August 18, 2011
A new study by the RAND Corporation explores the way that asbestos bankruptcy trusts—created to compensate people injured by the mineral—may be influencing tort cases.
The study finds that the current way that the trusts and the tort cases are linked together may result in payments that are not consistent with the basic principles of the tort liability system.
Researchers say that, in some cases, the trusts may allow some plaintiffs to receive more compensation than if all of the companies involved in asbestos litigation had remained financially solvent. In addition, the study finds that payments by defendants that remain solvent might not be fully adjusted to account for the payments available from the trusts.
"Asbestos-related litigation is expected to continue for some time," said Lloyd Dixon, lead author of the study and a senior economist with RAND, a nonprofit research organization. "Both plaintiffs and the defendants that remain solvent have a great deal at stake with regard to how payments from trusts enter into the determination of injury awards."
Asbestos litigation in the United States began in the 1970s and grew rapidly. As payments for injuries mounted, many of the primary asbestos defendants declared bankruptcy, leaving behind personal injury trusts that pay future asbestos claims. During the past three decades, 56 asbestos personal injury trusts have been established; the largest 26 of these paid $10.9 billion to settle 2.4 million claims through 2008.
Over the past 10 years, payments by the asbestos bankruptcy trusts have played an increasing role in compensation for asbestos injuries, but there is no standard system to coordinate payments from trusts and lawsuits. The RAND study examines how the asbestos trusts may influence the tort case and how trust payments may be factored into tort awards in different states.
Researchers selected six states to examine closely, most of them with high numbers of asbestos cases: California, Illinois, New York, Pennsylvania, Texas and West Virginia. The statutory laws and court procedures vary considerably across the states examined.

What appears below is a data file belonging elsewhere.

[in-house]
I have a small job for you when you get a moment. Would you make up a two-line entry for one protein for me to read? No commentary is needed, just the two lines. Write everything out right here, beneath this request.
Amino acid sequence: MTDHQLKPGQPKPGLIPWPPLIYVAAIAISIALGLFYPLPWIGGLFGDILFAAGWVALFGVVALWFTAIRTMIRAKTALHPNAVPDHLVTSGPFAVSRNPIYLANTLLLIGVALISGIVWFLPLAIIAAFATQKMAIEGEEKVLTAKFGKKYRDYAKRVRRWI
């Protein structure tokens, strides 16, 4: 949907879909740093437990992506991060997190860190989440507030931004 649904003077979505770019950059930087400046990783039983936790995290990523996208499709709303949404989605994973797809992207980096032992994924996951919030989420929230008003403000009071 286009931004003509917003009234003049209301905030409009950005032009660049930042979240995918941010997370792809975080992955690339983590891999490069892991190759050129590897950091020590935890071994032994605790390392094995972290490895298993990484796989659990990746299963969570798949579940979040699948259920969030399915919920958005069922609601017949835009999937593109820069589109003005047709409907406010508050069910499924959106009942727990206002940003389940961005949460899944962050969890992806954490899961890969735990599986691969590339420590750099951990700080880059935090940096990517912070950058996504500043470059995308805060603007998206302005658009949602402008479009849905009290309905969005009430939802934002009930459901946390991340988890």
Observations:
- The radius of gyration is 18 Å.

Dixon, who wrote the study with Geoffrey McGovern, an associate behavioral/social scientist at RAND, said the potential effects of the trusts vary across states, depending on the type of legal principles used to determine liability, as well as court rules and procedures. A state's liability standard determines who can be sued and for what share of the total harm.
Researchers say the key to determining how trusts affect compensation in asbestos lawsuits is whether evidence is developed about a plaintiff's exposure to the asbestos produced or used by the bankrupt companies. If this sort of information is developed, then a plaintiff's compensation will not be inflated and payments made by the solvent defendants will be adjusted to reflect compensation available from the trusts.
When such information is not developed, plaintiffs in some circumstances can recover, in effect, once for their injuries in the tort system and then again from asbestos trusts. Under some circumstances, solvent defendants may be required to pay more than their share of the harm.
"The development of evidence about a plaintiff's exposure to the products and practices of the bankrupt firms is an important determinant of the effect of the trusts on the total plaintiff compensation and payments by the remaining solvent defendants," Dixon said. "The creation of the trusts poses a new challenge to the tort system and courts have responded in very different ways."
Researchers say an increase in total compensation would benefit current plaintiffs, but reduce the trust resources available to future plaintiffs. This reduction in trust resources is particularly of concern to plaintiffs who were exposed only to the products and practices of bankrupt companies, and are thus solely reliant on the trusts for compensation.
The study, "Asbestos Bankruptcy Trusts and Tort Compensation," can be found at www.rand.org.
Research for the study was funded by the RAND Institute for Civil Justice and contributions from the following asbestos defendants, insurers and others: Bondex International; Coalition for Litigation Justice; Crane Company; Dow Chemical Company; E.I. Dupont De Nemours and Company; Exxon Mobil Corporation; Garrison Litigation Management Group; General Electric Company; Georgia-Pacific; The Hartford; Herzfeld & Rubin; Owens-Illinois General; Saint-Gobain Corporation; Swanson, Martin & Bell; and the U.S. Chamber of Commerce.
The RAND Institute for Civil Justice helps make the civil justice system more efficient and equitable by supplying government leaders, private decision-makers and the public with the results of objective, empirically based, analytic research.